There is another nightmare, and it is perhaps more frightening because it is harder to predict. A terrorist is supplied with a small bomb built around a core of uranium. He carries the device, fitted into a backpack or a suitcase, into Charles de Gaulle airport, King’s Cross Station, or Times Square, and detonates it. While the blast itself would kill only the handful of people unlucky enough to be nearby, a large area would be contaminated with radioactivity, and the psychological effect of such an attack would probably be shattering. In 1997 General Aleksandr Lebed, a former Russian national security adviser, claimed that the Russians had built suitcase bombs—their targets, allegedly, were NATO command bunkers in Europe—and that several had disappeared since the breakup of the Soviet Union. Just weeks after the 11 September 2001 attacks on the United States, the Israelis said they had arrested a Pakistani man trying to enter Israel via the Palestinian Territories with a backpack-borne nuclear device. The event worried Western terrorism experts and law-enforcement officials. In December 2005 US air marshals shot dead in Miami a plane passenger who evidently claimed to have a bomb in his knapsack, though it turned out that the man had a psychological condition and had neglected to take his medication; no bomb was found. Atrocious and indiscriminate bomb attacks on public transport in Bombay, Madrid, and London have raised fears that a nuclear device might be used in the same awful way.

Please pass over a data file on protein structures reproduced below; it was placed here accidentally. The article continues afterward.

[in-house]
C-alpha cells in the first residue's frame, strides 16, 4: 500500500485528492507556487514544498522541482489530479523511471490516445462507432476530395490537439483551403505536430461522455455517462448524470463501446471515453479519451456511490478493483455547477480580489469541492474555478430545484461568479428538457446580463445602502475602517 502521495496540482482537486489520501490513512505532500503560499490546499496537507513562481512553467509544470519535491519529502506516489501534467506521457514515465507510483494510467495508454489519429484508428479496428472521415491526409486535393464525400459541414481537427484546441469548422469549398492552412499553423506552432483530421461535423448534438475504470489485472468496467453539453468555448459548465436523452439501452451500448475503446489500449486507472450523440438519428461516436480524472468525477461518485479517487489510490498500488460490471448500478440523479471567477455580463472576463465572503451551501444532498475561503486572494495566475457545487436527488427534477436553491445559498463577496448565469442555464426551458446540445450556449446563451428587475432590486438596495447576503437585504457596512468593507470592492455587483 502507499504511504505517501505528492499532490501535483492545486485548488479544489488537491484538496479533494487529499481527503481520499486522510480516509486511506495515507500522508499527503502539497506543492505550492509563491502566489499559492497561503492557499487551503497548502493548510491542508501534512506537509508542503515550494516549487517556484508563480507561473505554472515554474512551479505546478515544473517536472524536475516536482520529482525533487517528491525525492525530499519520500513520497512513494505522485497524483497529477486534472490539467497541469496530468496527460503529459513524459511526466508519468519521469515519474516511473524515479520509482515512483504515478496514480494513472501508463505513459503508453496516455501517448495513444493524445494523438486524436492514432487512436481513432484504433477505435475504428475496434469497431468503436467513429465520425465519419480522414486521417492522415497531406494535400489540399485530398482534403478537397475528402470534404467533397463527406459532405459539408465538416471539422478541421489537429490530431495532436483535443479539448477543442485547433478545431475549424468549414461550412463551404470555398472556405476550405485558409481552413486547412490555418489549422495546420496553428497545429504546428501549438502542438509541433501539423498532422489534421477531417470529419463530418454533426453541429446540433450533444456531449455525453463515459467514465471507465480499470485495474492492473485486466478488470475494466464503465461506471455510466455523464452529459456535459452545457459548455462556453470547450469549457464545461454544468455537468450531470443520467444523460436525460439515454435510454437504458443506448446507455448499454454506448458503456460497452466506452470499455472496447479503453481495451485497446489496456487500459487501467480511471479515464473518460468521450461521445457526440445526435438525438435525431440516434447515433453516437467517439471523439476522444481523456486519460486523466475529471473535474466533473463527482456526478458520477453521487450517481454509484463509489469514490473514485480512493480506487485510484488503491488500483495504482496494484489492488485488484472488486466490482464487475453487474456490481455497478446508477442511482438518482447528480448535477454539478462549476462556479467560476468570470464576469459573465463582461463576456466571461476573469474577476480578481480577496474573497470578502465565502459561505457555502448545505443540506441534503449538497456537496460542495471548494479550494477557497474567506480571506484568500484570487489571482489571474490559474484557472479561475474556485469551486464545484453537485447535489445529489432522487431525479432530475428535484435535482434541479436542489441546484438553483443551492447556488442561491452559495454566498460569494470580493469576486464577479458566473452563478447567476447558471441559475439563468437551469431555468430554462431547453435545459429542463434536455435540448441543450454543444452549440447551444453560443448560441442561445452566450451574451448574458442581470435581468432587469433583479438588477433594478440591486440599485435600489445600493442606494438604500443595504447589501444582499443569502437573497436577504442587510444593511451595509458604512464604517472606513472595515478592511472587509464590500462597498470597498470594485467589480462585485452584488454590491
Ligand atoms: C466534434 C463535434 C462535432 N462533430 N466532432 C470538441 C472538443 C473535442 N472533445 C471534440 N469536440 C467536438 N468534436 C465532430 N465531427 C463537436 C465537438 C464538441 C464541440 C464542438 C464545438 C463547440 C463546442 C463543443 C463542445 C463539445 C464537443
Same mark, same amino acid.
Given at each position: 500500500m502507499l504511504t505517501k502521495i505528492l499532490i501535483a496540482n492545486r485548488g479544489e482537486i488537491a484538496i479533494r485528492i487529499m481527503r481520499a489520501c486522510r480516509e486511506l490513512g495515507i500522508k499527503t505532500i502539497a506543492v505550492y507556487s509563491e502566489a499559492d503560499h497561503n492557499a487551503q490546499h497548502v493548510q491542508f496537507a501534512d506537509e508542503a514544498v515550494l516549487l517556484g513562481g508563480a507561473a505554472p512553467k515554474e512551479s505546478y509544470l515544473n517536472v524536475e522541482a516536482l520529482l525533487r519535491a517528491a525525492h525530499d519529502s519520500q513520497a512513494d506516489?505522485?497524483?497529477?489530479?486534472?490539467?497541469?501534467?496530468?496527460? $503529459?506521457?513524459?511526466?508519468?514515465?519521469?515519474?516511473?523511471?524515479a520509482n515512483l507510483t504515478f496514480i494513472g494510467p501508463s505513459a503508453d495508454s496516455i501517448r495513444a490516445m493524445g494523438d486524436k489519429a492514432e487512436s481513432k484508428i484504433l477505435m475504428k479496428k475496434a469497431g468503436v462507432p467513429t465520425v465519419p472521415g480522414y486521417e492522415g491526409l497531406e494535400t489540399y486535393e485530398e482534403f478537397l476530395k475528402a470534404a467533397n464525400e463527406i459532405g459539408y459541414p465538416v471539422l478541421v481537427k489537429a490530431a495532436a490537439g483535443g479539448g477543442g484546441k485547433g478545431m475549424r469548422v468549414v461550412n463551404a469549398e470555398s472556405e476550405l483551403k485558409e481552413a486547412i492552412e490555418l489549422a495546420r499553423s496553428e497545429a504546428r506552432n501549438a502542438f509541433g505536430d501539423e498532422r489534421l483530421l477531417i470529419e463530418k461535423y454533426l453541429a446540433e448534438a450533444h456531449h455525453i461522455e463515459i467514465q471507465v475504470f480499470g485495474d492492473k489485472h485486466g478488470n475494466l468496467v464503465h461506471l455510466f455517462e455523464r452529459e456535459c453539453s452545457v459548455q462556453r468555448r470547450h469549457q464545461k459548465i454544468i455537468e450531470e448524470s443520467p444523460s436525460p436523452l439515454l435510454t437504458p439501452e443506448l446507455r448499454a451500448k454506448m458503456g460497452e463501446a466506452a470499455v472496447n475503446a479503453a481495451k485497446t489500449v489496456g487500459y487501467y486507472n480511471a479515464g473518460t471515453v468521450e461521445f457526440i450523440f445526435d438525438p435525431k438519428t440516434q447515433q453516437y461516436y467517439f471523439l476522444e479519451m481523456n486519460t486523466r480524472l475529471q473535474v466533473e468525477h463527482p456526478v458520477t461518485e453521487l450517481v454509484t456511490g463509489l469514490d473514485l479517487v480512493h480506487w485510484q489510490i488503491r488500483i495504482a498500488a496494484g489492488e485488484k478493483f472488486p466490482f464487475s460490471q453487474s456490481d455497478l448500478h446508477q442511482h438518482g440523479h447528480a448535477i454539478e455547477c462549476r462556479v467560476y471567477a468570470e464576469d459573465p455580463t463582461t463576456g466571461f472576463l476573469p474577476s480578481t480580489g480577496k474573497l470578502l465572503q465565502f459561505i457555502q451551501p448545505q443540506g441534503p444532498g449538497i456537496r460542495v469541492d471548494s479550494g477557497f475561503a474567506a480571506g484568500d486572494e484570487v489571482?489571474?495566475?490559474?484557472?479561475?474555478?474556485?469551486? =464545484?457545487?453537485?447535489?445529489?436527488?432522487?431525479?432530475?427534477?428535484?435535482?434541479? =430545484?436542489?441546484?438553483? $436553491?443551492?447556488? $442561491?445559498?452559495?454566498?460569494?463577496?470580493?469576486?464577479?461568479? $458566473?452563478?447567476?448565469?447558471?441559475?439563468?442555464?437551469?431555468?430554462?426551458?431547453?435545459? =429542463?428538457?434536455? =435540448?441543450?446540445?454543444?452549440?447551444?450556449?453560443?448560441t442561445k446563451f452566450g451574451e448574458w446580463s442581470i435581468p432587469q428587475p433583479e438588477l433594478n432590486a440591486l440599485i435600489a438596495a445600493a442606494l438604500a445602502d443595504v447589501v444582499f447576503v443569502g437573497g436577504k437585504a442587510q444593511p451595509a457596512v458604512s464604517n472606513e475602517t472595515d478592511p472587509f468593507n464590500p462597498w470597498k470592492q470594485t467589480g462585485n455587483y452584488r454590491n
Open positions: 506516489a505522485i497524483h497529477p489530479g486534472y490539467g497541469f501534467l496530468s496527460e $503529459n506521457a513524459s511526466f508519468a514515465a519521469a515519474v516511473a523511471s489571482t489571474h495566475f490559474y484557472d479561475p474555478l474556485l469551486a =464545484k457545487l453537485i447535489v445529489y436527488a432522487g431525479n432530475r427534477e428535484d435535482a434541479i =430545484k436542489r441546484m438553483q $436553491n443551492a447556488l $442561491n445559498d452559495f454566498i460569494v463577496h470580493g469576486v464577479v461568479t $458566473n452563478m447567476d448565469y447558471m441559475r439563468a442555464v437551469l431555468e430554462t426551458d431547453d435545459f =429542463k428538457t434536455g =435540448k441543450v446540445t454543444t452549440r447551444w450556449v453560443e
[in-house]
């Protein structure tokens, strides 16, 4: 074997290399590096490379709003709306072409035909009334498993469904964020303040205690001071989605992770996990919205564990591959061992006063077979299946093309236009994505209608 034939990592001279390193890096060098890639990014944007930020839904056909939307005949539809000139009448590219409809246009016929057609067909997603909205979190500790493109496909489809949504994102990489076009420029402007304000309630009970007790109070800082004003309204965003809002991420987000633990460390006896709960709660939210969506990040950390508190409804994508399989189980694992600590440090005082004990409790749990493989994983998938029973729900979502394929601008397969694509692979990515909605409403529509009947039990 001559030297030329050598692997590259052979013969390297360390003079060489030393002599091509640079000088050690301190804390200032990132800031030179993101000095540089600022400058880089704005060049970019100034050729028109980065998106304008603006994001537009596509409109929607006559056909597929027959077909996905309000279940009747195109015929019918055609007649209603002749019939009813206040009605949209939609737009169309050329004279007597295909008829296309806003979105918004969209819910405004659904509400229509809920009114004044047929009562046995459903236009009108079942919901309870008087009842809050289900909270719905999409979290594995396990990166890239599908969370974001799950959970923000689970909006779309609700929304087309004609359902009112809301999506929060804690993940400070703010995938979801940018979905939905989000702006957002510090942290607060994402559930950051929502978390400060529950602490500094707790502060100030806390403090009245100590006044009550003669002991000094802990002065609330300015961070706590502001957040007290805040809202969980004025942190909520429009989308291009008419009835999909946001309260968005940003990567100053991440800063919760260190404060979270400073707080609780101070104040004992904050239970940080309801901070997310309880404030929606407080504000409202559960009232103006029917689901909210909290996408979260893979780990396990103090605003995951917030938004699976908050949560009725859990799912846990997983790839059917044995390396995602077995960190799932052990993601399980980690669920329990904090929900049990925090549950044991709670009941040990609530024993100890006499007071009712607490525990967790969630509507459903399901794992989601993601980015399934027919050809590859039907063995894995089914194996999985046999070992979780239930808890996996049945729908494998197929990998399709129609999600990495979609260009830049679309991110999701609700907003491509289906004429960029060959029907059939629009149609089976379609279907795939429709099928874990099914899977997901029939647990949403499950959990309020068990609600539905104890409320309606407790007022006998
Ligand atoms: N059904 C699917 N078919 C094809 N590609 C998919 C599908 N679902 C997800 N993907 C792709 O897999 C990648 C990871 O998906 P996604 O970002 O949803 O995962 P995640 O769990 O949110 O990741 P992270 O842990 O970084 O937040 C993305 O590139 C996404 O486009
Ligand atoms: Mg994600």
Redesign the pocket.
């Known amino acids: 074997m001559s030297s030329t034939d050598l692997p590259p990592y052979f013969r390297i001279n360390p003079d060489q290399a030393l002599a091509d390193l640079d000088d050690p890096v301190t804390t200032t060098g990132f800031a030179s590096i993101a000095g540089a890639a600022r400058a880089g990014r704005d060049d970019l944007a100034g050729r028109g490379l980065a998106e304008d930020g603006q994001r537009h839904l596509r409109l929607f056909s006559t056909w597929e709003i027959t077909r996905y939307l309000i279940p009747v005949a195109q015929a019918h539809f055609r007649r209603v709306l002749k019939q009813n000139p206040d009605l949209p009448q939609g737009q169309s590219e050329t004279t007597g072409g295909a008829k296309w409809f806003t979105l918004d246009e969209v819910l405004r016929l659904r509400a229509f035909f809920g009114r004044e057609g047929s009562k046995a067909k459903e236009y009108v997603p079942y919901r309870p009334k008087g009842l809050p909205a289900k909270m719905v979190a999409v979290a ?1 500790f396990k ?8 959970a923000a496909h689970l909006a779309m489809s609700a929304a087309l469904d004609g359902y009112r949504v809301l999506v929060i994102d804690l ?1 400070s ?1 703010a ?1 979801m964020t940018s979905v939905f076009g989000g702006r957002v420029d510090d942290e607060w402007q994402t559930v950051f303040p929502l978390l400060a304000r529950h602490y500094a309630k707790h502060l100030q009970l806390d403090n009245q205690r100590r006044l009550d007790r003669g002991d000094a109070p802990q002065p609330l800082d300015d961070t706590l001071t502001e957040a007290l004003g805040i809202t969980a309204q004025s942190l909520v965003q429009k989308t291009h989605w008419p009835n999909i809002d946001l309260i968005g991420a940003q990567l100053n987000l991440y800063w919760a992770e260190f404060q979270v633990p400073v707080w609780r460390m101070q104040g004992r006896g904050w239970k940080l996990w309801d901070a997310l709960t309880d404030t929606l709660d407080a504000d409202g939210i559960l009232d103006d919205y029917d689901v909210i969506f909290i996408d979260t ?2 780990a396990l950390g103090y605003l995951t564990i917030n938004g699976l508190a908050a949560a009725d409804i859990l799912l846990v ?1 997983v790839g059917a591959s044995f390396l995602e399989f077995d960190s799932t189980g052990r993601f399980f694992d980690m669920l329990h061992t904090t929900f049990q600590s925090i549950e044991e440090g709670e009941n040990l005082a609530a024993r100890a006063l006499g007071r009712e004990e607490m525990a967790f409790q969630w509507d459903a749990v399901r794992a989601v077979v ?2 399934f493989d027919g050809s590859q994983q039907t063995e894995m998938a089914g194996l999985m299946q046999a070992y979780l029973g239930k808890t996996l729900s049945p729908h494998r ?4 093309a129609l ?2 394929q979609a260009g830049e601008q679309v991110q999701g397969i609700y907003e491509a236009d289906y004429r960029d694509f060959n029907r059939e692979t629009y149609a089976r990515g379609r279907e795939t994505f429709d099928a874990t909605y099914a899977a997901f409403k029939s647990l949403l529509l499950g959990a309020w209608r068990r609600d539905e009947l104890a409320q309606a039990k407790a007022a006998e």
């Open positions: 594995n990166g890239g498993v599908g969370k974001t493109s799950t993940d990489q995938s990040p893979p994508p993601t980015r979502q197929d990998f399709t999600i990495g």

Those who would deliver such weapons, attached to their bodies, are different from the pilots at Hiroshima and Nagasaki. They are not part of a state that has formally declared war. They are reckless with their own lives. But in a fundamental way things have not changed: terrorists with bombs, conventional or nuclear, do not care who they kill, since everyone in a targeted city, country, or civilization is deemed guilty of pursuing an unjust war against them. Their savage logic is that there are among their enemies no non-combatants. All Americans, Israelis, Britons, Shia or Sunni are guilty of transgression against them. Naturally, the intended targets of such attacks find such thinking barbaric, as indeed it is. But let us remember here twentieth-century attacks on non-combatants in ‘Mespot’ and India, at Guernica, Shanghai, Nanjing, and Warsaw, in Coventry and London, at Hamburg and Dresden, at Tokyo, Hiroshima, and Nagasaki. These attacks were undertaken in the name of ‘air policing’ (policing is part of security and less than war), unabashedly to terrorize a population and thus force a quicker end to war (a human strategy, no?), or to ‘de-house’ war workers (their houses were to be destroyed, not them). Technological advances allowed, in Vietnam and Iraq, the use of ‘smart’ bombs, which found only military targets—unless they didn’t, in which case the result was ‘collateral damage,’ a term suggesting that civilian casualties were an unfortunate byproduct of an attack on a legitimate target. Alas: no type of bomb is smart all the time. One might argue that those who use technologically sophisticated weapons are at least trying to avoid killing civilians; that is not the case for a suicide bomber who blows himself up in a crowded marketplace. And yet, in both cases the result is the horrible and predictable death of innocent people.